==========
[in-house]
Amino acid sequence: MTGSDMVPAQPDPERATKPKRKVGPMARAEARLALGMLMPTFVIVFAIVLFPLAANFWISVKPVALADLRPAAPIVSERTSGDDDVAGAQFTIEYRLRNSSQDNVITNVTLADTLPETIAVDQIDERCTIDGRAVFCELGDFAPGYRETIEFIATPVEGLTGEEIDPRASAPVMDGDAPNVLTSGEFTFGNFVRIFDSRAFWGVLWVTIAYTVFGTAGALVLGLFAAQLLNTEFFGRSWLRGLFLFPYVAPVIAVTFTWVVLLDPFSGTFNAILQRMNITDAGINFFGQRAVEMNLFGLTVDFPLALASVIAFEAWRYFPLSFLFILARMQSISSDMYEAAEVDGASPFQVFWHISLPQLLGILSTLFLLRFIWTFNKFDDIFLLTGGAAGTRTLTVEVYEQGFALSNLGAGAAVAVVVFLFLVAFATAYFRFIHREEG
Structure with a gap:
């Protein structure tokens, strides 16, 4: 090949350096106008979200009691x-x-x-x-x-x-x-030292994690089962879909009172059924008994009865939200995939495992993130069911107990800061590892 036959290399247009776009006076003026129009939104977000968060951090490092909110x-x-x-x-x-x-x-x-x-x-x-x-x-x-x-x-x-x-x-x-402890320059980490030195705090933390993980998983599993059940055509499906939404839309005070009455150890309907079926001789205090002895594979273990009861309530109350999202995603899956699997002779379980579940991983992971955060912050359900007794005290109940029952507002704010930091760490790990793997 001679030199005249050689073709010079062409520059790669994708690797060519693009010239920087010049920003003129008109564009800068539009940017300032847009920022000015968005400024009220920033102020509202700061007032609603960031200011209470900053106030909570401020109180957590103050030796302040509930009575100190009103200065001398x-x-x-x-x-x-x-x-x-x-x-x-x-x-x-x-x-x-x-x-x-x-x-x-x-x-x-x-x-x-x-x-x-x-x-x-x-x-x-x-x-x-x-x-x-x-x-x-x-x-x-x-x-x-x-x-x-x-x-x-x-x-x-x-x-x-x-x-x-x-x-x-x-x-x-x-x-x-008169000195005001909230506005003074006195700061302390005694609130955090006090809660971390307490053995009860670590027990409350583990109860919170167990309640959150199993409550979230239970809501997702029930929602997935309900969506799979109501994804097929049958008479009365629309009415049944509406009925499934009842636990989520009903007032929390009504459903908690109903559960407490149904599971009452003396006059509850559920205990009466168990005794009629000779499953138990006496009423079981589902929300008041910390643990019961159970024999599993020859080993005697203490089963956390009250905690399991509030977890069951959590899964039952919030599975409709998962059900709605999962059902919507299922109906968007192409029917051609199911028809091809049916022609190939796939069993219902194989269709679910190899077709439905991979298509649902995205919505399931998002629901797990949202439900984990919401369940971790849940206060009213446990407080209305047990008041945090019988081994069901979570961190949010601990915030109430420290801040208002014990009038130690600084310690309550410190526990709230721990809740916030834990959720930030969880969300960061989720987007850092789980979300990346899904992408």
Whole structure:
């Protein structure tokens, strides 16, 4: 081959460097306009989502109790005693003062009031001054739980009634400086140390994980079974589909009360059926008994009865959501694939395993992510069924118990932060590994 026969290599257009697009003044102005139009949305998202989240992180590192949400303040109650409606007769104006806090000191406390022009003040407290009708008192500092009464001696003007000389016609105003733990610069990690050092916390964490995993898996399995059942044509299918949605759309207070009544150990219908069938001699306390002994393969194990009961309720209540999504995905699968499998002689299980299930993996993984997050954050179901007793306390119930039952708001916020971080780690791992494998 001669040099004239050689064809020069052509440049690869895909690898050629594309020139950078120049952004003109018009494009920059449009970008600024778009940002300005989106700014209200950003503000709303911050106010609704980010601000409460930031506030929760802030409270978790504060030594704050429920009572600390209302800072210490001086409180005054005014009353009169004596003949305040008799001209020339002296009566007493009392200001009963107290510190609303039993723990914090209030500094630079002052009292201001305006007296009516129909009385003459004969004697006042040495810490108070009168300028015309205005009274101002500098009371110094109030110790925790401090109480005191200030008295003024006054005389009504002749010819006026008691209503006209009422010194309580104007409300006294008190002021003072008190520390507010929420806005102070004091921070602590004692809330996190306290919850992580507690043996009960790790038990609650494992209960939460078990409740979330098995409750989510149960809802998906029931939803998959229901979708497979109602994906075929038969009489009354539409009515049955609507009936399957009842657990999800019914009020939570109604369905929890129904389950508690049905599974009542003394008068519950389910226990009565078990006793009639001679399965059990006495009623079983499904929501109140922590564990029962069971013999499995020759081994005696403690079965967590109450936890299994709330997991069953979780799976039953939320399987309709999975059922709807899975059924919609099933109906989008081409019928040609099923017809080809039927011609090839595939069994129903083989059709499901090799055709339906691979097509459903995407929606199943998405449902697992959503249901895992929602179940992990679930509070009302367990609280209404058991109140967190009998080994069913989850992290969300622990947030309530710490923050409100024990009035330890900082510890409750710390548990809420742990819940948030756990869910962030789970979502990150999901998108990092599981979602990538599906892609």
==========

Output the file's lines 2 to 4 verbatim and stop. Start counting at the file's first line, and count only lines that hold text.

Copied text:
Amino acid sequence: MTGSDMVPAQPDPERATKPKRKVGPMARAEARLALGMLMPTFVIVFAIVLFPLAANFWISVKPVALADLRPAAPIVSERTSGDDDVAGAQFTIEYRLRNSSQDNVITNVTLADTLPETIAVDQIDERCTIDGRAVFCELGDFAPGYRETIEFIATPVEGLTGEEIDPRASAPVMDGDAPNVLTSGEFTFGNFVRIFDSRAFWGVLWVTIAYTVFGTAGALVLGLFAAQLLNTEFFGRSWLRGLFLFPYVAPVIAVTFTWVVLLDPFSGTFNAILQRMNITDAGINFFGQRAVEMNLFGLTVDFPLALASVIAFEAWRYFPLSFLFILARMQSISSDMYEAAEVDGASPFQVFWHISLPQLLGILSTLFLLRFIWTFNKFDDIFLLTGGAAGTRTLTVEVYEQGFALSNLGAGAAVAVVVFLFLVAFATAYFRFIHREEG
Structure with a gap:
């Protein structure tokens, strides 16, 4: 090949350096106008979200009691x-x-x-x-x-x-x-030292994690089962879909009172059924008994009865939200995939495992993130069911107990800061590892 036959290399247009776009006076003026129009939104977000968060951090490092909110x-x-x-x-x-x-x-x-x-x-x-x-x-x-x-x-x-x-x-x-402890320059980490030195705090933390993980998983599993059940055509499906939404839309005070009455150890309907079926001789205090002895594979273990009861309530109350999202995603899956699997002779379980579940991983992971955060912050359900007794005290109940029952507002704010930091760490790990793997 001679030199005249050689073709010079062409520059790669994708690797060519693009010239920087010049920003003129008109564009800068539009940017300032847009920022000015968005400024009220920033102020509202700061007032609603960031200011209470900053106030909570401020109180957590103050030796302040509930009575100190009103200065001398x-x-x-x-x-x-x-x-x-x-x-x-x-x-x-x-x-x-x-x-x-x-x-x-x-x-x-x-x-x-x-x-x-x-x-x-x-x-x-x-x-x-x-x-x-x-x-x-x-x-x-x-x-x-x-x-x-x-x-x-x-x-x-x-x-x-x-x-x-x-x-x-x-x-x-x-x-x-008169000195005001909230506005003074006195700061302390005694609130955090006090809660971390307490053995009860670590027990409350583990109860919170167990309640959150199993409550979230239970809501997702029930929602997935309900969506799979109501994804097929049958008479009365629309009415049944509406009925499934009842636990989520009903007032929390009504459903908690109903559960407490149904599971009452003396006059509850559920205990009466168990005794009629000779499953138990006496009423079981589902929300008041910390643990019961159970024999599993020859080993005697203490089963956390009250905690399991509030977890069951959590899964039952919030599975409709998962059900709605999962059902919507299922109906968007192409029917051609199911028809091809049916022609190939796939069993219902194989269709679910190899077709439905991979298509649902995205919505399931998002629901797990949202439900984990919401369940971790849940206060009213446990407080209305047990008041945090019988081994069901979570961190949010601990915030109430420290801040208002014990009038130690600084310690309550410190526990709230721990809740916030834990959720930030969880969300960061989720987007850092789980979300990346899904992408």